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RE: Conformance Testing Proposal

From: John M Slatin <john_slatin@austin.utexas.edu>
Date: Mon, 5 Apr 2004 11:09:12 -0500
Message-ID: <C46A1118E0262B47BD5C202DA2490D1A1E30DE@MAIL02.austin.utexas.edu>
To: "Chris Ridpath" <chris.ridpath@utoronto.ca>, "WAI WCAG List" <w3c-wai-gl@w3.org>

Thanks, Chris. I agree that something like this will be helpful for many
developers who want to do the right thing.

Some questions:
1. Is this list intended as a preliminary proposal for a
technology-specific checklist? If not, what relationship does it have to
such a checklist?
2. Can this checklist be numbered consistently with WCAG 2.0 to make it
easier for developers to tell when they're meeting WCAG success
3. Why is it still necessary to require redundant text links for
client-side image maps? Are there still user agents that don't support
client-side image maps that have valid alt attributes for <area>

Some comments about longdesc and d-links:
1. We should not *require* redundant use of longdesc *and* d-link for
<img> elements that need additional description.   If support for
longdesc isn't widespread enough to be reliable, we should require that
descriptions be provided either on-page or in a separate, linked
2. On pages that display multiple images that require description,
link-text pointing to the descriptions should identify the image to
which the description refers.


"Good design is accessible design." 
Please note our new name and URL!
John Slatin, Ph.D.
Director, Accessibility Institute
University of Texas at Austin
FAC 248C
1 University Station G9600
Austin, TX 78712
ph 512-495-4288, f 512-495-4524
email jslatin@mail.utexas.edu
web http://www.utexas.edu/research/accessibility/


-----Original Message-----
From: w3c-wai-gl-request@w3.org [mailto:w3c-wai-gl-request@w3.org] On
Behalf Of Chris Ridpath
Sent: Monday, April 05, 2004 10:26 am
Subject: Conformance Testing Proposal

Page authors need to know what they must do in order to conform to the
WAI guidelines. We must spell out in clear terms what must be done to
achieve compliance.

The current situation is that nobody really knows if their site's
content complies or not. This is because the WCAG 1 was open to
interpretation. Interpreting the guidelines has been an impediment to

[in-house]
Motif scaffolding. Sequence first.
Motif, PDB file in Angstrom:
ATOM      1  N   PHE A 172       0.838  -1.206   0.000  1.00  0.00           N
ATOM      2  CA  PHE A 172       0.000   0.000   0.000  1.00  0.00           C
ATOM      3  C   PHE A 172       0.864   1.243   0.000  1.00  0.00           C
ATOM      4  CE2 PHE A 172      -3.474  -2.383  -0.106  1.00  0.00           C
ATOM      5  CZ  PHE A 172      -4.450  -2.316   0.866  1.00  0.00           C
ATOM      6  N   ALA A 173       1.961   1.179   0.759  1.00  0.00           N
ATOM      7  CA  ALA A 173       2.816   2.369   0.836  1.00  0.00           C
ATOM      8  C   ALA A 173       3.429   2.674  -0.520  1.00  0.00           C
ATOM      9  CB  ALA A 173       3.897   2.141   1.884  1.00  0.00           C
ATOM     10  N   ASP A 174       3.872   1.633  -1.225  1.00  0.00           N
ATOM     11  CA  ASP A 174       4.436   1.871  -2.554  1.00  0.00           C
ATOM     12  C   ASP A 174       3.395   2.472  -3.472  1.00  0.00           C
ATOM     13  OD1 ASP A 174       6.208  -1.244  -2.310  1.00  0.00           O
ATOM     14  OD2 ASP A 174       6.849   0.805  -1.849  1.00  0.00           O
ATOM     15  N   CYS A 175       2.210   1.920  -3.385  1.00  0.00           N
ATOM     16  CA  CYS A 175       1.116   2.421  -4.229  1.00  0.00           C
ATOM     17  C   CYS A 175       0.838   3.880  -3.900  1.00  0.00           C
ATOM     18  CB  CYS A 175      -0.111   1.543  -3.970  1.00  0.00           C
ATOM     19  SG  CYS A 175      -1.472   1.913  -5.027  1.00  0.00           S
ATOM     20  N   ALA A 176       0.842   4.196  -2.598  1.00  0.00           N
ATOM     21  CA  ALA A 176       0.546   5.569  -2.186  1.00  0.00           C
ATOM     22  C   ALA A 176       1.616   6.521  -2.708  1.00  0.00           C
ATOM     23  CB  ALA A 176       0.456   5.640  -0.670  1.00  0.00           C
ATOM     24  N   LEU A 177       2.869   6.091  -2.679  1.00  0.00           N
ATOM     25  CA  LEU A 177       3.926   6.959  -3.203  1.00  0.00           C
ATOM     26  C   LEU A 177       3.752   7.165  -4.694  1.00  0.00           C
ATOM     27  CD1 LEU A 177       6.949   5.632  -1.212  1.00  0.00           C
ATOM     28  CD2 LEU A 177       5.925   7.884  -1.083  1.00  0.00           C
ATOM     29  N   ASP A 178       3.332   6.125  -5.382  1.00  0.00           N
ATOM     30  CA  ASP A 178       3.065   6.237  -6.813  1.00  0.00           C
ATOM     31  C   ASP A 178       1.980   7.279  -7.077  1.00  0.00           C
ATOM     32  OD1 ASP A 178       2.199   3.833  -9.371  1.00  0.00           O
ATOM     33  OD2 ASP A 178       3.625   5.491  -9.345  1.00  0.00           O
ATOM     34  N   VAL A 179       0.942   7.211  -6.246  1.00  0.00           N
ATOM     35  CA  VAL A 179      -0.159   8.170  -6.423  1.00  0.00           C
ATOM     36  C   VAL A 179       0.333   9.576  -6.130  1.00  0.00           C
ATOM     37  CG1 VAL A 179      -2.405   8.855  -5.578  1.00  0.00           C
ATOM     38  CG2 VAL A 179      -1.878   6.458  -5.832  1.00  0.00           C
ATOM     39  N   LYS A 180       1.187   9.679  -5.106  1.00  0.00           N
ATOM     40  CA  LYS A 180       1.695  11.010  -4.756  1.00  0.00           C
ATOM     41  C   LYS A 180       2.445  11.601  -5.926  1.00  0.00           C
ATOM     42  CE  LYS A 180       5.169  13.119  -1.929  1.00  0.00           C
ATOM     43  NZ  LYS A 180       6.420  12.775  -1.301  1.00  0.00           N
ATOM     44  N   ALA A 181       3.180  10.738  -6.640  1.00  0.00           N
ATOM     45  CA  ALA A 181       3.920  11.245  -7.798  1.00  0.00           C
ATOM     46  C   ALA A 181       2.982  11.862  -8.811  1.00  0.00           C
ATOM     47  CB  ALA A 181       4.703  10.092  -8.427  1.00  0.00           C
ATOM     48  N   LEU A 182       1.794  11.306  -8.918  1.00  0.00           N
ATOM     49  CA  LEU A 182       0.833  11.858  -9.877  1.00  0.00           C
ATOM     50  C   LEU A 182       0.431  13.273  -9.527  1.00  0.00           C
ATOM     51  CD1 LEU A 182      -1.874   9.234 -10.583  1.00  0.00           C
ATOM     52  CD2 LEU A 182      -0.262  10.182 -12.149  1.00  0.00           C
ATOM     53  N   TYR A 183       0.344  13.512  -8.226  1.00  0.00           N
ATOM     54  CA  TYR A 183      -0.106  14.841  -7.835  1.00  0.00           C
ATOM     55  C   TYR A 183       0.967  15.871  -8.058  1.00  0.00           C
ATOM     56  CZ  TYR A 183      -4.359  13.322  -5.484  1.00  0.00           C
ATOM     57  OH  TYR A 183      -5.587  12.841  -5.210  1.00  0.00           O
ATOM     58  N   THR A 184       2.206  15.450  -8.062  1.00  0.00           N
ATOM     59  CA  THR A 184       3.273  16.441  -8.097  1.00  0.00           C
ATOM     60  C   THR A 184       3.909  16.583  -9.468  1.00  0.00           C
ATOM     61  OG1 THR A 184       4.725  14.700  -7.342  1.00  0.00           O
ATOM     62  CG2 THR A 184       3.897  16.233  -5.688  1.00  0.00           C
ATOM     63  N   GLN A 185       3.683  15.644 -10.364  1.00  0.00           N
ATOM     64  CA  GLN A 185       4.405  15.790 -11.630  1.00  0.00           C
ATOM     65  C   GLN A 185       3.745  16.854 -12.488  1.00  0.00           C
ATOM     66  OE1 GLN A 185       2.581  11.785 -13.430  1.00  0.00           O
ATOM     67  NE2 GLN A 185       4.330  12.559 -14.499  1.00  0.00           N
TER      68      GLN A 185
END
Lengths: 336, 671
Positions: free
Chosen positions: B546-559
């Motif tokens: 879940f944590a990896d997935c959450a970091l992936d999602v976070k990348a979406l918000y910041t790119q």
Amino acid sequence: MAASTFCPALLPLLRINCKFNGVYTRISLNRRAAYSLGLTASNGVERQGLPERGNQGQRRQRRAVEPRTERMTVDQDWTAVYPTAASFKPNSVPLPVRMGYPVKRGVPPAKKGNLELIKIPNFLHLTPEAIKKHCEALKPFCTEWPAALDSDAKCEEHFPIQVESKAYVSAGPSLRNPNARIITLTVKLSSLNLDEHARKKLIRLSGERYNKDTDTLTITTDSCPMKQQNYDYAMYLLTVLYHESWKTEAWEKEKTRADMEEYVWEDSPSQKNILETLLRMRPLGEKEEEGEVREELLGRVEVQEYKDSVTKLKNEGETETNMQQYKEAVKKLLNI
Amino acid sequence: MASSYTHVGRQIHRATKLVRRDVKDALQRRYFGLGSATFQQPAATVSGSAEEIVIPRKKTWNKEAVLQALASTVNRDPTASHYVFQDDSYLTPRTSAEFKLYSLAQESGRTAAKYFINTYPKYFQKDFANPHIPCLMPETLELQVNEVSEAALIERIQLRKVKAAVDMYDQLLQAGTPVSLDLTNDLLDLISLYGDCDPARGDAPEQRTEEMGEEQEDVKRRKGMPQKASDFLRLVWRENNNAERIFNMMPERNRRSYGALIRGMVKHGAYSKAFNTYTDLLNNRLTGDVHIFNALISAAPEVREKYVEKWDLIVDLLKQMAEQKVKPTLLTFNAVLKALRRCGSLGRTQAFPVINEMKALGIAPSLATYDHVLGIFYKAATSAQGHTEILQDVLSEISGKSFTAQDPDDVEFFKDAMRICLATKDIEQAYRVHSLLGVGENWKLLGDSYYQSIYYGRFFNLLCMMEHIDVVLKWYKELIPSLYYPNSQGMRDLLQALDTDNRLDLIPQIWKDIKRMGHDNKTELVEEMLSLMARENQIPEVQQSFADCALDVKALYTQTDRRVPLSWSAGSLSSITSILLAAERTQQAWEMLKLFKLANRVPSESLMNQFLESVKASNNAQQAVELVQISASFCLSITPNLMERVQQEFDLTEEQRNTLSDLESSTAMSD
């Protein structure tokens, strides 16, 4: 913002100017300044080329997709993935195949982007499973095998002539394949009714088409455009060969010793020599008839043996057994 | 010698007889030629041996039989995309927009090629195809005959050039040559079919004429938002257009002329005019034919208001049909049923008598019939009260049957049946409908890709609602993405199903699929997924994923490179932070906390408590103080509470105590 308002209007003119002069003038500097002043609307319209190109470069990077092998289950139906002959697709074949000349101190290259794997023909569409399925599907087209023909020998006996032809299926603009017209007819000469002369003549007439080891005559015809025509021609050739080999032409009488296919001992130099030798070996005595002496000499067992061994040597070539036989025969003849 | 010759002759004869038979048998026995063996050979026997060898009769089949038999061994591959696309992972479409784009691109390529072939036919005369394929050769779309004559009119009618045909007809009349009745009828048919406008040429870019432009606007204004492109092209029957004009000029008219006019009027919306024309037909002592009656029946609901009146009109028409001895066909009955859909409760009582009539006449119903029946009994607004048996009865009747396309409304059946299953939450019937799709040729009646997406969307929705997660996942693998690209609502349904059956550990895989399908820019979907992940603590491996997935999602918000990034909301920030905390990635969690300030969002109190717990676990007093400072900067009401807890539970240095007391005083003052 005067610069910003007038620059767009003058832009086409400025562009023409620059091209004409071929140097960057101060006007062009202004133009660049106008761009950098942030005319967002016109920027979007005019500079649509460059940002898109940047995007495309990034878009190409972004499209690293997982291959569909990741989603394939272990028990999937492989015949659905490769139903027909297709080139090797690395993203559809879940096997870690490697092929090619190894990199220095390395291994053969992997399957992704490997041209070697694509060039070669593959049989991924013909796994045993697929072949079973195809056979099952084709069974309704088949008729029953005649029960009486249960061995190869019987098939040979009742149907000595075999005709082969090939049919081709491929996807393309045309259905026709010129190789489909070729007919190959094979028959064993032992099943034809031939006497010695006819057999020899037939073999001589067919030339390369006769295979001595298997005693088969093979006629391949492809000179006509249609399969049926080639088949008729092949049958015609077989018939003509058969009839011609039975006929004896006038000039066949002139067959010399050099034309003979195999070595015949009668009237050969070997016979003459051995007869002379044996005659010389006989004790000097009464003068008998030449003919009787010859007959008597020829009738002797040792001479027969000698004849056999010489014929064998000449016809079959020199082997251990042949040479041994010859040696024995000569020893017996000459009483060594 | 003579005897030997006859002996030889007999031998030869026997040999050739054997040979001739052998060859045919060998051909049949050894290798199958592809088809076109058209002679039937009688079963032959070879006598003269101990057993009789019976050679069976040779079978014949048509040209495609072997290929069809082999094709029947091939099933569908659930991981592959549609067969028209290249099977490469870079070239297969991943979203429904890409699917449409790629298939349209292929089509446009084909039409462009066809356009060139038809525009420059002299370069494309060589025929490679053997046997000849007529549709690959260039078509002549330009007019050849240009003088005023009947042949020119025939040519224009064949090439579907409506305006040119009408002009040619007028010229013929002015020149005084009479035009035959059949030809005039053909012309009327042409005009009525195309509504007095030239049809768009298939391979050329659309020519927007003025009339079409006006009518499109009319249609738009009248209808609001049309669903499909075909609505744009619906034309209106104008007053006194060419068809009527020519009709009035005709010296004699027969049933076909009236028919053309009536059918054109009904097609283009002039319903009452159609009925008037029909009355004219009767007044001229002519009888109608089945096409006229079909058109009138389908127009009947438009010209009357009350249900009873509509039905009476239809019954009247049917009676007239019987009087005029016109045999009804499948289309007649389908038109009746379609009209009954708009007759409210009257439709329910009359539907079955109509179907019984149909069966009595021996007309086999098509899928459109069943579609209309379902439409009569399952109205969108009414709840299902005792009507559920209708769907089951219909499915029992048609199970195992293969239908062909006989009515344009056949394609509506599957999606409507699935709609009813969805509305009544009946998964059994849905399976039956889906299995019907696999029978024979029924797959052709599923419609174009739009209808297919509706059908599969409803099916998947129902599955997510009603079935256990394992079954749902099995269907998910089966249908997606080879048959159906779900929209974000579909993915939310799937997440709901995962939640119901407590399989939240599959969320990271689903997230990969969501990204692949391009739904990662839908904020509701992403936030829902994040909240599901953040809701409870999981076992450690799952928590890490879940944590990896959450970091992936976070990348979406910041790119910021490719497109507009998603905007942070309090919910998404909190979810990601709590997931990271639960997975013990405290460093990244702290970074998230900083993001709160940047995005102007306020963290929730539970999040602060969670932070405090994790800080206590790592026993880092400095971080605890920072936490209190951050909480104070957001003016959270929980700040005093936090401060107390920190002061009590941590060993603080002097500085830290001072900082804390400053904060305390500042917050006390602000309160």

page authors performing the simple but necessary things that make
content accessible. Current research has been critical of the WCAG 1
because of the way that people must interpret the guidelines.

The current state of accessibility conformance "I can't define it, but I
know it when I see it" must be changed.

My proposal is that we state, for each technology, the things that must
be done in order for a page to claim conformance. This is possible and
practical and is what page authors require.

For example we require that, in HTML, all IMG elements have an ALT
attribute. If any IMG element does not have an ALT attribute then the
page cannot claim conformance.

The list of requirements would be subject to periodic change by the WAI.
For example in 2004 we require a d-link for any IMG element that has a
LONGDESC attribute. In 2005 or 2006 as the LONGDESC is better supported
the d-link requirement would be dropped. As better tests for semantic
content are developed they could be added as requirements.

The initial list of requirements would likely not cover 100% of
accessibility problems but it would improve over time and would be much
better than the current situation. Simply because we can not define all
accessibility requirements now is not a good reason for being vague.

A clear list of requirements would ensure that page authors know exactly
what to put in their web pages. It would increase web accessibility.

Clear requirements would mean that people, or machines, could actually
test for compliance with the guidelines. Many authors want to do the
right thing but don't know how.

As a starting point, here's what I think the WCAG 2 requirements for

I'm sure that this list has errors and omissions but it proves that we
can do this.

We can, and must, clearly describe what the guidelines mean.

Received on Monday, 5 April 2004 12:09:52 UTC

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